There is an explanation in the Bible that involves both judgment and the image of fire, but isn’t violent, and that’s what I want to close with this morning. It is First Corinthians chapter 3. The apostle Paul is talking about the work that we do in the world and comparing it to constructing a building. Let’s read verses 10 through 15.
“By the grace God has given me, I laid a foundation as a wise builder, and someone else is building on it. But each one should build with care. For no one can lay any foundation other than the one already laid, which is Jesus Christ. If anyone builds on this foundation using gold, silver, costly stones, wood, hay or straw, their work will be shown for what it is, because the Day will bring it to light. It will be revealed with fire, and the fire will test the quality of each person’s work. If what has been built survives, the builder will receive a reward. If it is burned up, the builder will suffer loss but yet will be saved—even though only as one escaping through the flames.”
This is the word of God for all people. Thanks be to God.
In these verses Paul says that what we do in this world matters. It is possible for the good that we do to last into the next age. Fire is used not only to burn things up but also to solidify them and to burn out impurities. And so the question for us this morning is what are we building with our lives? Are we building with precious stones and metals, building lives of self-sacrificing love, joy, peace, patience, kindness, generosity, faithfulness, gentleness, and self-control? Are we building things that are good for other people? If so, those things are going to meet God’s white-hot standards of doing justice, loving mercy, and walking humbly with God. When God moves us all into the next age, those things will come along with us. Or are we building with crappy materials, building lives of greed and violence and religious hypocrisy, living simply to please ourselves and have a good time with our own small families? If so, those things are not going to meet God’s white-hot standard, and they will not survive to be brought with us into the next age. Imagine the pain of having God look with total clarity at your life and watching everything you spent your time on disintegrate. We don’t need eternal conscious torment. That one moment would be awful enough.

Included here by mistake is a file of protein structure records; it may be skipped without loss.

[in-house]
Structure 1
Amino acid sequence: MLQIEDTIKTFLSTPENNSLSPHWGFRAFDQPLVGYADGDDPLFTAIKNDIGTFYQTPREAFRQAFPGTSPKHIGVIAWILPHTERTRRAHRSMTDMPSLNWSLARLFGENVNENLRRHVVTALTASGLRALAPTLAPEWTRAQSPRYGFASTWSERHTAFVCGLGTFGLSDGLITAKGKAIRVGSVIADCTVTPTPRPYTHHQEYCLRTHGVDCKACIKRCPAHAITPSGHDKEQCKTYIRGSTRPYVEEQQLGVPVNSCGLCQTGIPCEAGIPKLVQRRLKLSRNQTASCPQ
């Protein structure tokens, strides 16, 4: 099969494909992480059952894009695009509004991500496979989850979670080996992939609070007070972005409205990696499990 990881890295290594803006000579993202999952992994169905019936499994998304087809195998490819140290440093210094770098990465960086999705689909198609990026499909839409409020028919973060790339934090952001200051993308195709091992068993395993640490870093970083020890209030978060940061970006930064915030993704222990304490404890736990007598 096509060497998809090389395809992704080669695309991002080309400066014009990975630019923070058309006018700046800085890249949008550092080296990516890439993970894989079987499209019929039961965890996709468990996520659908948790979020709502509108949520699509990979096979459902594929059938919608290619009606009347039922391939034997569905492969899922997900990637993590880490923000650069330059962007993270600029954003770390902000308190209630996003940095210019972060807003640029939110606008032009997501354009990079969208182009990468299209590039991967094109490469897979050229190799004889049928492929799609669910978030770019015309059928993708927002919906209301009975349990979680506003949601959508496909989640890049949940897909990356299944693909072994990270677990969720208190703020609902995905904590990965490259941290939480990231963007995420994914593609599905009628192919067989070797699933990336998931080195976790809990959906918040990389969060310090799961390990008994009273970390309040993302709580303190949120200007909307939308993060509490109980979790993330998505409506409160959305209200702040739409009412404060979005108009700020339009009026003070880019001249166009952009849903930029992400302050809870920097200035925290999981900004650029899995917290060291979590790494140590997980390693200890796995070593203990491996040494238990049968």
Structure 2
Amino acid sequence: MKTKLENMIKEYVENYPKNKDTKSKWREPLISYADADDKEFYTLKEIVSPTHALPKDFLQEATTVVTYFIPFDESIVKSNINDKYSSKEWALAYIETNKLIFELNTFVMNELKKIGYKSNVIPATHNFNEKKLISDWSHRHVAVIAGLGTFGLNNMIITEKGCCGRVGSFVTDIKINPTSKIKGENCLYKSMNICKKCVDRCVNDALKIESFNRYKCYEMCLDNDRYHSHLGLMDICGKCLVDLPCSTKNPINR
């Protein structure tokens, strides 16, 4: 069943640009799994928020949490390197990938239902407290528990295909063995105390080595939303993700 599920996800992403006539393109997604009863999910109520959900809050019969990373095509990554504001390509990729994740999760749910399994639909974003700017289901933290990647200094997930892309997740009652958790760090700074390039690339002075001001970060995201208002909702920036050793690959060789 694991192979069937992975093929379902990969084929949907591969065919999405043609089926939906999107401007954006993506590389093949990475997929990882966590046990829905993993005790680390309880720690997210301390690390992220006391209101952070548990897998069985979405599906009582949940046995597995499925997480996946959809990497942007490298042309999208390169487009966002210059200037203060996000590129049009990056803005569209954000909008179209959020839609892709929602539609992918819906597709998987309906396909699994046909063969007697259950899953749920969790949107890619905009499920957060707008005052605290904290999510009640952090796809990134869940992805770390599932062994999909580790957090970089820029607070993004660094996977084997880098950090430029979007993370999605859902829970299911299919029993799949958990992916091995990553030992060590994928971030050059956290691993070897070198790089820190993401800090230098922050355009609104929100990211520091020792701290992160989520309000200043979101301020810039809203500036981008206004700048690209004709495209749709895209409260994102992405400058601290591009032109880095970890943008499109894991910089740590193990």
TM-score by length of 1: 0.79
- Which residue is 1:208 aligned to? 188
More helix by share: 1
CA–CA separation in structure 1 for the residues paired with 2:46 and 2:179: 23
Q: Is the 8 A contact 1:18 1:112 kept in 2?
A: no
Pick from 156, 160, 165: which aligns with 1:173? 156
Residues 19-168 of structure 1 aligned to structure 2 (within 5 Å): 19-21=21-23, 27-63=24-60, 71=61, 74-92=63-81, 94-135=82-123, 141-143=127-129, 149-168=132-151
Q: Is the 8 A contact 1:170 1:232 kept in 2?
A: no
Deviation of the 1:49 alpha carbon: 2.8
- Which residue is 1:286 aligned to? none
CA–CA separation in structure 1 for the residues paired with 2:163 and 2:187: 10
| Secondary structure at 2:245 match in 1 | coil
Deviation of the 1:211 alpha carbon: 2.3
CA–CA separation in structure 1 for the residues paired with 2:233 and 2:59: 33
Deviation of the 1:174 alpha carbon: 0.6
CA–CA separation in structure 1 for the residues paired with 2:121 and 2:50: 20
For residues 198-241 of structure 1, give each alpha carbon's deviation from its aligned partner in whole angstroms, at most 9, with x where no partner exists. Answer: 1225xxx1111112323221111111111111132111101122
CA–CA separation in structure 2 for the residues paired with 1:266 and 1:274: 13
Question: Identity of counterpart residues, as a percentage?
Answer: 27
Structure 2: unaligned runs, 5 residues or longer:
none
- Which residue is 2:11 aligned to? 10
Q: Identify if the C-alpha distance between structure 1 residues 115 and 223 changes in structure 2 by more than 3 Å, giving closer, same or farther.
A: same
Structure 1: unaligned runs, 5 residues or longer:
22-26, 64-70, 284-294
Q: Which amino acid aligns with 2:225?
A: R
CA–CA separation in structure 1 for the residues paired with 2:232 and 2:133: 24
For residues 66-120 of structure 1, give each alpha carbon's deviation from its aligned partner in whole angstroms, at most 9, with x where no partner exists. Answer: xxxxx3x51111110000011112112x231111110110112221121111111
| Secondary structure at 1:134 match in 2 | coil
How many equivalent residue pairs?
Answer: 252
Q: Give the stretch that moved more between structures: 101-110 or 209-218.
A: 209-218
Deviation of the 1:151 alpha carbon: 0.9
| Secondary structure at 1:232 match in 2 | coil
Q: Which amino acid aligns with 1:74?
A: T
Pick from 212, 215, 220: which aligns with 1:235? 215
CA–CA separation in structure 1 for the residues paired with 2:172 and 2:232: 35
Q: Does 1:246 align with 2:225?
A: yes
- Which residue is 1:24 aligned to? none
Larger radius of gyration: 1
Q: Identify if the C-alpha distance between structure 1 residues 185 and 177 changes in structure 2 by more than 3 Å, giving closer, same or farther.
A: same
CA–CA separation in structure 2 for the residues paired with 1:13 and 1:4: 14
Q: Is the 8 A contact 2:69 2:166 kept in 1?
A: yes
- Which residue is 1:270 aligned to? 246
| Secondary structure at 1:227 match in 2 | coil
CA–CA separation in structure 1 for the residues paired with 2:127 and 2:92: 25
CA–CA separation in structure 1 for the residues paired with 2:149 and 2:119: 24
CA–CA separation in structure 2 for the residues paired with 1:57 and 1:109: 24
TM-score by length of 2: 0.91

Now I don’t think this is going to be all or nothing for anyone. Hitler will have some things that survive the fire and I personally will have plenty of things that turn out to be worthless in the next age. But at least according to these verses, everyone survives. The only question is how much goodness we have to start with when the next age begins.
Do you see how that image has room for God’s judgment and discipline and some incredibly serious consequences for how we live now, but is not at all rooted in punishment and is totally consistent with an infinitely loving God? I think it’s wonderful. Terrifying, and also wonderful. It’s hopeful. It includes everyone. And it reminds me to get my act together now.
Which brings us to our celebration of the Lord’s Supper. Because Jesus is our example for what it is to live a life where everything survives God’s fire of judgment. With tears and agony and blood, he was faithful every single time to God’s requirement of doing justice, loving mercy, and walking humbly with God. His life was not easy. And in the end his faithfulness brought about his own death. But goodness like that cannot be destroyed. It comes back. And at this meal, Christians believe that we take into ourselves the goodness of the Risen Christ. We are fortified by his body that suffered and served and his blood that carried the life of the sacred through our secular world.
We eat this meal to remind us that we can do this. We can do justice and love mercy and walk humbly with God. Not perfectly, but perfection has never been what God asks of us. God is love and love covers a multitude of sins. That is what we celebrate and take into ourselves today. Freely and fully available to everyone. Which is why our ancestors in the faith insist that this is the joyful feast of the people of God, where people of all ages, races, and sexes — people in every type of body — come from the north, south, east, and west, and are met by Christ, who is the host at every table.